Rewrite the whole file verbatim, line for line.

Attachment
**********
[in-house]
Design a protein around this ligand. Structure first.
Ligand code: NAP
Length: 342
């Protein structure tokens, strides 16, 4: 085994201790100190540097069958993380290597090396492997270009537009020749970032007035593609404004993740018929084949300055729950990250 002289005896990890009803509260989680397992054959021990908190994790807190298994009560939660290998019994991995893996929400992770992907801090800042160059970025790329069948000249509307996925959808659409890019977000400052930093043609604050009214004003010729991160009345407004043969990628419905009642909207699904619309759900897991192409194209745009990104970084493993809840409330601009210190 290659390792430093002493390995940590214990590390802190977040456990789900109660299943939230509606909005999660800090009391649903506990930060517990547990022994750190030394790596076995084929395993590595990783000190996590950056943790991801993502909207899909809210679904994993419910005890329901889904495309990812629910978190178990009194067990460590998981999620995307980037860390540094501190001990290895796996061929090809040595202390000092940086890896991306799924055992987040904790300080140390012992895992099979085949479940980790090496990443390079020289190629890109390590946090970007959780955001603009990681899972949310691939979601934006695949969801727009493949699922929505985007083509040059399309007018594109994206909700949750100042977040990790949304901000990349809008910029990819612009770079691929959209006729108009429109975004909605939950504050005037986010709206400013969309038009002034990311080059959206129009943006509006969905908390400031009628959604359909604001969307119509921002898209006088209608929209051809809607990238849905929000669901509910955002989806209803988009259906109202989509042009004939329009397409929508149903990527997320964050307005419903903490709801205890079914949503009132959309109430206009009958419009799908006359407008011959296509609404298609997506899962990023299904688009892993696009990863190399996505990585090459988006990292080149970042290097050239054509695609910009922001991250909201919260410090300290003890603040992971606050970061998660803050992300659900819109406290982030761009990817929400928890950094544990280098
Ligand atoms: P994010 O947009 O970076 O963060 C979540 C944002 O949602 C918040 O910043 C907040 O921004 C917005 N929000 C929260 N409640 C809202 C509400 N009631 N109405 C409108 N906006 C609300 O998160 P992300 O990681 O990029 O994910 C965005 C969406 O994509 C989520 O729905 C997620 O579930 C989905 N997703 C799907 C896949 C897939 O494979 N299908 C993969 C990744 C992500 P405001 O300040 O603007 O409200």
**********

[in-house]
Design a protein around this ligand. Structure first.
Ligand code: NAP
Length: 342
């Protein structure tokens, strides 16, 4: 085994201790100190540097069958993380290597090396492997270009537009020749970032007035593609404004993740018929084949300055729950990250 002289005896990890009803509260989680397992054959021990908190994790807190298994009560939660290998019994991995893996929400992770992907801090800042160059970025790329069948000249509307996925959808659409890019977000400052930093043609604050009214004003010729991160009345407004043969990628419905009642909207699904619309759900897991192409194209745009990104970084493993809840409330601009210190 290659390792430093002493390995940590214990590390802190977040456990789900109660299943939230509606909005999660800090009391649903506990930060517990547990022994750190030394790596076995084929395993590595990783000190996590950056943790991801993502909207899909809210679904994993419910005890329901889904495309990812629910978190178990009194067990460590998981999620995307980037860390540094501190001990290895796996061929090809040595202390000092940086890896991306799924055992987040904790300080140390012992895992099979085949479940980790090496990443390079020289190629890109390590946090970007959780955001603009990681899972949310691939979601934006695949969801727009493949699922929505985007083509040059399309007018594109994206909700949750100042977040990790949304901000990349809008910029990819612009770079691929959209006729108009429109975004909605939950504050005037986010709206400013969309038009002034990311080059959206129009943006509006969905908390400031009628959604359909604001969307119509921002898209006088209608929209051809809607990238849905929000669901509910955002989806209803988009259906109202989509042009004939329009397409929508149903990527997320964050307005419903903490709801205890079914949503009132959309109430206009009958419009799908006359407008011959296509609404298609997506899962990023299904688009892993696009990863190399996505990585090459988006990292080149970042290097050239054509695609910009922001991250909201919260410090300290003890603040992971606050970061998660803050992300659900819109406290982030761009990817929400928890950094544990280098
Ligand atoms: P994010 O947009 O970076 O963060 C979540 C944002 O949602 C918040 O910043 C907040 O921004 C917005 N929000 C929260 N409640 C809202 C509400 N009631 N109405 C409108 N906006 C609300 O998160 P992300 O990681 O990029 O994910 C965005 C969406 O994509 C989520 O729905 C997620 O579930 C989905 N997703 C799907 C896949 C897939 O494979 N299908 C993969 C990744 C992500 P405001 O300040 O603007 O409200």